Neglected by many because of his early death and lack of recordings, Larry Levan is one of the seminal names in dance music, a legendary inspiration during the 1970s and '80s. Influenced by David Mancuso's Loft parties, which presaged disco by more than five years, Levan took his cue and transferred those communal vibes to clubland with one of the most famed night spots ever, the Paradise Garage. For more than ten years, Levan's garage style was a wildly eclectic mix including any tracks (or parts of tracks) that would make people dance, including Motown and Philly soul, Afro-Cuban and Italian disco, new wave, punk, and classic hard rock. He influenced hordes of hardcore club-goers and a wave of DJs ranging from Tony Humphries to Paul Oakenfold. More than anyone, Levan set the tone for New York disco in the '70s and the garage axis of house music during the '80s. By the '90s, mainstream New York dance swung to a diverse cast of dance artists and mixers, all of whom had in common the one thing that united the records on Levan's decks: soul.
Levan began his first DJ residency while still a teenager, at a New York club called the Gallery in 1971. Both there and at his next club, the Continental Baths, Levan worked with (and profoundly influenced) the future godfather of house, Frankie Knuckles. After setting up the Soho Place midway through the decade, Levan joined the Paradise Garage in 1977 and began changing the face of dance music. Unlike other disco clubs around the city (including the notoriously hip, but musically flat Studio 54), the Paradise Garage featured a nightclub built on music, with attendees who were preferential about the music they danced to -- not who they were seen by. Levan and engineer Richard Long supervised construction of what has been called the best sound system ever produced, and spent hours before opening each night to make sure that acoustics, speaker placement, and atmosphere were perfect. To give club-goers the ultimate dance experience, Levan used an assortment of subtle tricks. During the night, he would even upgrade the quality of his musical selections and turntable needles until music, mixer, and dancers hit their peak simultaneously. (The Paradise Garage's sound system was so good, in fact, that it was later bought by the London super-club Ministry of Sound, carefully disassembled, shipped overseas, and installed in a new space.) By the beginning of the '80s, disco's flame had been extinguished by a glut of sub-par commercial recordings and rabid anti-disco movements. Levan continued playing to an increasingly underground (though still ecstatic) audience. He also began working on studio production as well, recording remixes and special dance versions of pop songs for labels like Salsoul, Prelude, and West End, as well as the occasional major label. Though many of his 12" productions were obscurities of the highest order (except in the crates of privileged DJs), tracks by the Peech Boys, Jimmy Castor Bunch, First Choice, Loleatta Holloway, and Skyy became certifiable dance classics. By the mid-'80s, the sound of New York/Chicago house music had begun to infiltrate England.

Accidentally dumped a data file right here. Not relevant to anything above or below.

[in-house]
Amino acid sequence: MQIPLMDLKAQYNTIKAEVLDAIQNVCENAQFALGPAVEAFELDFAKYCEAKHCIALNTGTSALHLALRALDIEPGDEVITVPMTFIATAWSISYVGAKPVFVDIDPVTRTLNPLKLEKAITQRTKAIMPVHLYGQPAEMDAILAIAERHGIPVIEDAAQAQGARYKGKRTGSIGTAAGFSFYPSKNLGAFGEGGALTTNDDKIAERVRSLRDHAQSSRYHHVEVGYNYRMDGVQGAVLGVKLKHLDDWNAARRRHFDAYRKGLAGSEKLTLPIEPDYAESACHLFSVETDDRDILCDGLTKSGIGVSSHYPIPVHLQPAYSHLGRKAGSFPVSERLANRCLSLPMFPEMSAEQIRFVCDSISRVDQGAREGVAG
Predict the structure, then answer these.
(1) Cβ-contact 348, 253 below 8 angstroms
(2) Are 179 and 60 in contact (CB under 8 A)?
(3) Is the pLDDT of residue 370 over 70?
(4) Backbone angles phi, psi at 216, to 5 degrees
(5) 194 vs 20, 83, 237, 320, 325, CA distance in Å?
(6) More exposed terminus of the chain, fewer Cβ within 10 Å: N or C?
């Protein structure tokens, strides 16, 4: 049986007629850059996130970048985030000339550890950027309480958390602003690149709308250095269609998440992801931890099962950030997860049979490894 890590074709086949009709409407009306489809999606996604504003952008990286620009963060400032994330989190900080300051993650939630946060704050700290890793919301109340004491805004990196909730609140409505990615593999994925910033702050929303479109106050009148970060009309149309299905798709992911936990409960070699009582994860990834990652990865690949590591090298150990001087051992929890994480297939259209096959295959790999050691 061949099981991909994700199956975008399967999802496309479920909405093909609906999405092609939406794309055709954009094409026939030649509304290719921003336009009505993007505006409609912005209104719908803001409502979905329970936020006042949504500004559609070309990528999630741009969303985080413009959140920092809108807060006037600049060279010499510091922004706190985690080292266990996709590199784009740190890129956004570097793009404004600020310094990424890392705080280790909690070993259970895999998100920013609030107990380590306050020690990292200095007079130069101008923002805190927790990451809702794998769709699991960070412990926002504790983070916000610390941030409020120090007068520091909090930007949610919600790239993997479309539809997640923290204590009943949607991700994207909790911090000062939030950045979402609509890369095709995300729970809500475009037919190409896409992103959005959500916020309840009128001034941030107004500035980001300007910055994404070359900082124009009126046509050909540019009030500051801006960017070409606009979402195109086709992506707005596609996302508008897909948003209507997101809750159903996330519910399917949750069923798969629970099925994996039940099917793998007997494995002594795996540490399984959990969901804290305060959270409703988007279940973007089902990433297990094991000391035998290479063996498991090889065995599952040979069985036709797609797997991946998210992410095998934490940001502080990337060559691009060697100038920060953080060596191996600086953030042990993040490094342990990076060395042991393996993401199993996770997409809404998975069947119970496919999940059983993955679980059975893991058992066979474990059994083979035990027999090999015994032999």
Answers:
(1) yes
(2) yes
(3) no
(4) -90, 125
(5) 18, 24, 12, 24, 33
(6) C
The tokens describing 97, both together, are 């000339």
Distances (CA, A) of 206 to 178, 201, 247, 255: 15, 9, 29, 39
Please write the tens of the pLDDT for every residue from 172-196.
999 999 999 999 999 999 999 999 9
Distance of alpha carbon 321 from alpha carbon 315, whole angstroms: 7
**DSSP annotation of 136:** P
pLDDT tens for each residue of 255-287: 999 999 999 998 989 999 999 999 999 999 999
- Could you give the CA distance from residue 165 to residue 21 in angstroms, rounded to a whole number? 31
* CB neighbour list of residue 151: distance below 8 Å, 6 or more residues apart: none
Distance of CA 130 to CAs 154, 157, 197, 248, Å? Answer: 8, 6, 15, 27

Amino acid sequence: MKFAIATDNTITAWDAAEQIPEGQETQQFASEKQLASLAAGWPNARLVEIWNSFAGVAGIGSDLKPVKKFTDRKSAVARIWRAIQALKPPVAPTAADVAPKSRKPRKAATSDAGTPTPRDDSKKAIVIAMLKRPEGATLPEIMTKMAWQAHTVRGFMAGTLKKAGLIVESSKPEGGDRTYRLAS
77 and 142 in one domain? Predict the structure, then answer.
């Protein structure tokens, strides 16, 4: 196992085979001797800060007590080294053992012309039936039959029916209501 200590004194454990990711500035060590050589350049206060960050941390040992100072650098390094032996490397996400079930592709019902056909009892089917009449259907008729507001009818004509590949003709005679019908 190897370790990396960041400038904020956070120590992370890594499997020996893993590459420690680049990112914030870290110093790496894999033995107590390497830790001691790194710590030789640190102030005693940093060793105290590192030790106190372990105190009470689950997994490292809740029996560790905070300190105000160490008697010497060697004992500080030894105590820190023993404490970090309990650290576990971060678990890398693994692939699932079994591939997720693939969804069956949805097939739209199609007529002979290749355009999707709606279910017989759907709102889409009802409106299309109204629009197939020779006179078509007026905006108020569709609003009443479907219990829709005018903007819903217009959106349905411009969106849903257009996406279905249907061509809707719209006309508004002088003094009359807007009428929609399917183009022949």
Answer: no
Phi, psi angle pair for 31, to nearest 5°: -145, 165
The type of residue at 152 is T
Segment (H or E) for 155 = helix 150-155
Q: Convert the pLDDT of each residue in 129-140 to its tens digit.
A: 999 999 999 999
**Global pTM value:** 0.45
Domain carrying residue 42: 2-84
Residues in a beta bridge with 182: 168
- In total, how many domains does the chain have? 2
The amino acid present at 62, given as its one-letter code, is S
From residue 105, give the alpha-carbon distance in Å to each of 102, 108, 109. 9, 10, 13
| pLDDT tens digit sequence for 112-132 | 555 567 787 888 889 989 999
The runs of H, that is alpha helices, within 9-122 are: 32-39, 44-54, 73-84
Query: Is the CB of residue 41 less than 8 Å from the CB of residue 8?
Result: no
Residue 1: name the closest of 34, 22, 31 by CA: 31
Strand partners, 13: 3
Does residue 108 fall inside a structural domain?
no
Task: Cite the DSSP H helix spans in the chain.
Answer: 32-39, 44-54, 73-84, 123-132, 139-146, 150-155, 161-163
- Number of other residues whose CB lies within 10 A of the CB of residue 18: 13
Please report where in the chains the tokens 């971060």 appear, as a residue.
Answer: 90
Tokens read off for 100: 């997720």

In an ironic twist, however, the man who did much to pave the way for dance music wasn't around during its rebirth. By September 1987, the Paradise Garage had closed its doors. Though Levan's name appeared on several remixes and productions during the late '80s and early '90s, he spent only a fraction of his time in the studio compared to his heyday. Levan returned to the DJing booth on a 1992 trip to Japan with François Kevorkian, though later in the year he died from a congenital heart condition exacerbated by drug use. Only his post-productions were collected on various albums until 2000, when Strut released an eye-opening set titled Live at the Paradise Garage. The Definitive Salsoul Mixes '78-'83 (Salsoul/Suss'd, 2003) and Journey Into Paradise: The Larry Levan Story (Rhino, 2006) were excellent tracks-in-whole anthologies, the latter of which incorporated a fair amount of Warner-controlled tracks Levan played but had no role in creating. Ministry of Sound's five-disc Live & Remastered box set (2011) included an early-'90s DJ set heavy on contemporary house. Genius of Time (Universal Music Catalogue, 2016) contained some overlap with the previous compilations but stuck to tracks that did contain Levan's studio touches. ~ John Bush